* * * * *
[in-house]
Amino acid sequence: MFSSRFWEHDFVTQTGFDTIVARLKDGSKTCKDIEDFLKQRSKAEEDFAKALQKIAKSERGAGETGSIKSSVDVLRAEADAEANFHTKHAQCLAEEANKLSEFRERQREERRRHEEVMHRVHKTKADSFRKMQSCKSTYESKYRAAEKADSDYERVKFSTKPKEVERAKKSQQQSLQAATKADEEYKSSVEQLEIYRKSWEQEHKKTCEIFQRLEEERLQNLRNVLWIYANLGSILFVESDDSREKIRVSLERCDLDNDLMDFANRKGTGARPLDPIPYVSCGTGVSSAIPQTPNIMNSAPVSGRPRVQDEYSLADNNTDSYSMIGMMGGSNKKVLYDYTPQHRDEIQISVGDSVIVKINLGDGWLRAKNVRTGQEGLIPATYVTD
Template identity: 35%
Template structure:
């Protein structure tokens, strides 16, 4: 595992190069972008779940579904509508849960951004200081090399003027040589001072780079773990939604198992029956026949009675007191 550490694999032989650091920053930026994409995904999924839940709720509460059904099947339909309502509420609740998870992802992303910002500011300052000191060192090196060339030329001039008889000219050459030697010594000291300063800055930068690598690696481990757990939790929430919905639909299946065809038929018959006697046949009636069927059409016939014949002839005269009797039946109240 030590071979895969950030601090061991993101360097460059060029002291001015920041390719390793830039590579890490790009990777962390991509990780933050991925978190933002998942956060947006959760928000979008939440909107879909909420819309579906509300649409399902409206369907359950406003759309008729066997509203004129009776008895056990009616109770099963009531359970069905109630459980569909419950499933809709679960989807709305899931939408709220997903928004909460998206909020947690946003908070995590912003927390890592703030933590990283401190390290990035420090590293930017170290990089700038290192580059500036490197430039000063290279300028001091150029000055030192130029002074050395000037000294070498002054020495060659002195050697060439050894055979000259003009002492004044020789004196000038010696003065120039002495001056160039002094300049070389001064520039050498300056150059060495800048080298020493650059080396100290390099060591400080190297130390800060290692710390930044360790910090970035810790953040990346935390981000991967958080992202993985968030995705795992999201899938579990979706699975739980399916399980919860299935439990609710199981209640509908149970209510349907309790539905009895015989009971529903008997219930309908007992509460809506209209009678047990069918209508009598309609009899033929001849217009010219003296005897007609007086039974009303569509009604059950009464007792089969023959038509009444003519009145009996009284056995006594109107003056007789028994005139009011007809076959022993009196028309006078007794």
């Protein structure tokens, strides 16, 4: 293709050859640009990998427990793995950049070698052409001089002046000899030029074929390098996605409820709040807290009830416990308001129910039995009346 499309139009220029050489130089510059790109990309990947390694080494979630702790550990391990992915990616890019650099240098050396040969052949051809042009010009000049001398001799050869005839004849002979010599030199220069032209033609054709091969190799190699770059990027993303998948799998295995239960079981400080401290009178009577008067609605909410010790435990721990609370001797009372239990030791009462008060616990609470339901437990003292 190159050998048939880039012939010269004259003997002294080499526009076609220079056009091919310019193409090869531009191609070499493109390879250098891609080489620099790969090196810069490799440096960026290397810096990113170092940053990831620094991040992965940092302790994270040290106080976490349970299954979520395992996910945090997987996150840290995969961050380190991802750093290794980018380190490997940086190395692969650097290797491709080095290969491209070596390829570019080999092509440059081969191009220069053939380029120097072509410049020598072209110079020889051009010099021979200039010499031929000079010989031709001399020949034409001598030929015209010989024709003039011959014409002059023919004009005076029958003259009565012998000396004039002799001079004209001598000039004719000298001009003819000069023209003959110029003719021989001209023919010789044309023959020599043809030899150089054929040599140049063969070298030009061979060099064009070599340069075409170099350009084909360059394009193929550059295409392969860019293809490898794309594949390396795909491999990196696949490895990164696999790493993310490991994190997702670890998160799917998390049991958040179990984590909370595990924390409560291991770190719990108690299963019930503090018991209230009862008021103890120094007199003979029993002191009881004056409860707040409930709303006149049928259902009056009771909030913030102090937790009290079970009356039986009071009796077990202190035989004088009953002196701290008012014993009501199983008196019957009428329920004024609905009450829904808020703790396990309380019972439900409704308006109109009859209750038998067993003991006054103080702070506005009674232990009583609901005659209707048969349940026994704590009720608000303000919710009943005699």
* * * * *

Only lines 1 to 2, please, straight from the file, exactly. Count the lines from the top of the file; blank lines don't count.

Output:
[in-house]
Amino acid sequence: MFSSRFWEHDFVTQTGFDTIVARLKDGSKTCKDIEDFLKQRSKAEEDFAKALQKIAKSERGAGETGSIKSSVDVLRAEADAEANFHTKHAQCLAEEANKLSEFRERQREERRRHEEVMHRVHKTKADSFRKMQSCKSTYESKYRAAEKADSDYERVKFSTKPKEVERAKKSQQQSLQAATKADEEYKSSVEQLEIYRKSWEQEHKKTCEIFQRLEEERLQNLRNVLWIYANLGSILFVESDDSREKIRVSLERCDLDNDLMDFANRKGTGARPLDPIPYVSCGTGVSSAIPQTPNIMNSAPVSGRPRVQDEYSLADNNTDSYSMIGMMGGSNKKVLYDYTPQHRDEIQISVGDSVIVKINLGDGWLRAKNVRTGQEGLIPATYVTD